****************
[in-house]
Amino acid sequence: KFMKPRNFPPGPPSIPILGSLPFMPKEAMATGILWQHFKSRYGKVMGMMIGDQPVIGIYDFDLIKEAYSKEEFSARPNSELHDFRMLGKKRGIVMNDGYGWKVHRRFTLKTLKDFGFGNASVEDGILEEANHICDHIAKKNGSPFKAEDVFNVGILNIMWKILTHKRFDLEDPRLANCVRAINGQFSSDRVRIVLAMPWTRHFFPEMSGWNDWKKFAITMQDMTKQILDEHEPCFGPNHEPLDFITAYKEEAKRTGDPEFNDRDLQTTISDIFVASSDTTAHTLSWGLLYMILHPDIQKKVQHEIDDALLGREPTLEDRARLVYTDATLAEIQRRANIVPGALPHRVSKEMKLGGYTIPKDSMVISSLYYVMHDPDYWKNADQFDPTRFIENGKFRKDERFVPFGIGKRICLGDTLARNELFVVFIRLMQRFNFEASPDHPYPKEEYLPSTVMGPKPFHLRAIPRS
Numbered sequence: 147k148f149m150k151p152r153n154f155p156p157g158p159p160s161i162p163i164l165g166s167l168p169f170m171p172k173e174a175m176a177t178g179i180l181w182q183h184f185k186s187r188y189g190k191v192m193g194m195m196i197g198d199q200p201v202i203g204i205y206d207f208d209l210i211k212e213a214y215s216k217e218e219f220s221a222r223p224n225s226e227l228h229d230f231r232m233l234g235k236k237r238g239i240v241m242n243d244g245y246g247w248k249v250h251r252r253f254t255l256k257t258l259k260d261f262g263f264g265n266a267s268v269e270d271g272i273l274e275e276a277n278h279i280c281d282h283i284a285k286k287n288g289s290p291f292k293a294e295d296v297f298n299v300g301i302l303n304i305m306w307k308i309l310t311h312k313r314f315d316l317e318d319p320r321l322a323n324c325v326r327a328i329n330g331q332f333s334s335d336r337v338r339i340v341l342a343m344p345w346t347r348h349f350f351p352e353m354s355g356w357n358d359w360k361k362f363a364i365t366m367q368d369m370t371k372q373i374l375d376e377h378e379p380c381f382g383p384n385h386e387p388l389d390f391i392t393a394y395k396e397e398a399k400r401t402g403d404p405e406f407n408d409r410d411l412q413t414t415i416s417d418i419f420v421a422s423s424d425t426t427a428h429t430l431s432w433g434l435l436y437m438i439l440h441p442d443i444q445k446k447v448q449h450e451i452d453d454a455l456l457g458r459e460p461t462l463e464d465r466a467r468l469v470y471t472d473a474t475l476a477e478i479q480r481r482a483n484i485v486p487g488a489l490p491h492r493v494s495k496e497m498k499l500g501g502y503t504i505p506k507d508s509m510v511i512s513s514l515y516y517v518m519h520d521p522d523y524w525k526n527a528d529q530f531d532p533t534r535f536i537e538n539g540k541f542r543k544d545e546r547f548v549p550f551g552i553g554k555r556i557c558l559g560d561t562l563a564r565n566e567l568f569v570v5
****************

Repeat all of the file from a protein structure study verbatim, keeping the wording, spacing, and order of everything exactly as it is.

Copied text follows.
[in-house]
Amino acid sequence: KFMKPRNFPPGPPSIPILGSLPFMPKEAMATGILWQHFKSRYGKVMGMMIGDQPVIGIYDFDLIKEAYSKEEFSARPNSELHDFRMLGKKRGIVMNDGYGWKVHRRFTLKTLKDFGFGNASVEDGILEEANHICDHIAKKNGSPFKAEDVFNVGILNIMWKILTHKRFDLEDPRLANCVRAINGQFSSDRVRIVLAMPWTRHFFPEMSGWNDWKKFAITMQDMTKQILDEHEPCFGPNHEPLDFITAYKEEAKRTGDPEFNDRDLQTTISDIFVASSDTTAHTLSWGLLYMILHPDIQKKVQHEIDDALLGREPTLEDRARLVYTDATLAEIQRRANIVPGALPHRVSKEMKLGGYTIPKDSMVISSLYYVMHDPDYWKNADQFDPTRFIENGKFRKDERFVPFGIGKRICLGDTLARNELFVVFIRLMQRFNFEASPDHPYPKEEYLPSTVMGPKPFHLRAIPRS
Numbered sequence: 147k148f149m150k151p152r153n154f155p156p157g158p159p160s161i162p163i164l165g166s167l168p169f170m171p172k173e174a175m176a177t178g179i180l181w182q183h184f185k186s187r188y189g190k191v192m193g194m195m196i197g198d199q200p201v202i203g204i205y206d207f208d209l210i211k212e213a214y215s216k217e218e219f220s221a222r223p224n225s226e227l228h229d230f231r232m233l234g235k236k237r238g239i240v241m242n243d244g245y246g247w248k249v250h251r252r253f254t255l256k257t258l259k260d261f262g263f264g265n266a267s268v269e270d271g272i273l274e275e276a277n278h279i280c281d282h283i284a285k286k287n288g289s290p291f292k293a294e295d296v297f298n299v300g301i302l303n304i305m306w307k308i309l310t311h312k313r314f315d316l317e318d319p320r321l322a323n324c325v326r327a328i329n330g331q332f333s334s335d336r337v338r339i340v341l342a343m344p345w346t347r348h349f350f351p352e353m354s355g356w357n358d359w360k361k362f363a364i365t366m367q368d369m370t371k372q373i374l375d376e377h378e379p380c381f382g383p384n385h386e387p388l389d390f391i392t393a394y395k396e397e398a399k400r401t402g403d404p405e406f407n408d409r410d411l412q413t414t415i416s417d418i419f420v421a422s423s424d425t426t427a428h429t430l431s432w433g434l435l436y437m438i439l440h441p442d443i444q445k446k447v448q449h450e451i452d453d454a455l456l457g458r459e460p461t462l463e464d465r466a467r468l469v470y471t472d473a474t475l476a477e478i479q480r481r482a483n484i485v486p487g488a489l490p491h492r493v494s495k496e497m498k499l500g501g502y503t504i505p506k507d508s509m510v511i512s513s514l515y516y517v518m519h520d521p522d523y524w525k526n527a528d529q530f531d532p533t534r535f536i537e538n539g540k541f542r543k544d545e546r547f548v549p550f551g552i553g554k555r556i557c558l559g560d561t562l563a564r565n566e567l568f569v570v5